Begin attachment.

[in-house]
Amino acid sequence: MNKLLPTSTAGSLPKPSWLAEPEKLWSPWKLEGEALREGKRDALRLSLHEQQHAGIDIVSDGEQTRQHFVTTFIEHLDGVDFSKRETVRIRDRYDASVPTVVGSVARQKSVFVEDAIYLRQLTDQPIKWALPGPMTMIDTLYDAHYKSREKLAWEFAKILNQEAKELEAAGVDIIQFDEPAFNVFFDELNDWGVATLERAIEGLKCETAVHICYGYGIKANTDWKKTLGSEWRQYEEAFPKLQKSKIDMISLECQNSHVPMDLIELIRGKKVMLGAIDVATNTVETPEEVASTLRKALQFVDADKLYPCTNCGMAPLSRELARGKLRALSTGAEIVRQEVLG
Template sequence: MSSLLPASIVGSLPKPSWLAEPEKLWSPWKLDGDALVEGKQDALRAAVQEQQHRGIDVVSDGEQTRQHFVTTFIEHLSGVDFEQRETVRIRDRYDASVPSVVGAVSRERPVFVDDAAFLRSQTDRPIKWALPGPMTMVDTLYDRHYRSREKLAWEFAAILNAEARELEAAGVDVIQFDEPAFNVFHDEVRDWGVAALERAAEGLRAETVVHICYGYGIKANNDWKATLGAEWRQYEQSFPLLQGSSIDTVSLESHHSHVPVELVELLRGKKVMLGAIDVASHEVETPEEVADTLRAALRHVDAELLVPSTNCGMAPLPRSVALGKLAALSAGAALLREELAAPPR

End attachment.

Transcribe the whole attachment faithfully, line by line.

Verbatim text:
[in-house]
Amino acid sequence: MNKLLPTSTAGSLPKPSWLAEPEKLWSPWKLEGEALREGKRDALRLSLHEQQHAGIDIVSDGEQTRQHFVTTFIEHLDGVDFSKRETVRIRDRYDASVPTVVGSVARQKSVFVEDAIYLRQLTDQPIKWALPGPMTMIDTLYDAHYKSREKLAWEFAKILNQEAKELEAAGVDIIQFDEPAFNVFFDELNDWGVATLERAIEGLKCETAVHICYGYGIKANTDWKKTLGSEWRQYEEAFPKLQKSKIDMISLECQNSHVPMDLIELIRGKKVMLGAIDVATNTVETPEEVASTLRKALQFVDADKLYPCTNCGMAPLSRELARGKLRALSTGAEIVRQEVLG
Template sequence: MSSLLPASIVGSLPKPSWLAEPEKLWSPWKLDGDALVEGKQDALRAAVQEQQHRGIDVVSDGEQTRQHFVTTFIEHLSGVDFEQRETVRIRDRYDASVPSVVGAVSRERPVFVDDAAFLRSQTDRPIKWALPGPMTMVDTLYDRHYRSREKLAWEFAAILNAEARELEAAGVDVIQFDEPAFNVFHDEVRDWGVAALERAAEGLRAETVVHICYGYGIKANNDWKATLGAEWRQYEQSFPLLQGSSIDTVSLESHHSHVPVELVELLRGKKVMLGAIDVASHEVETPEEVADTLRAALRHVDAELLVPSTNCGMAPLPRSVALGKLAALSAGAALLREELAAPPR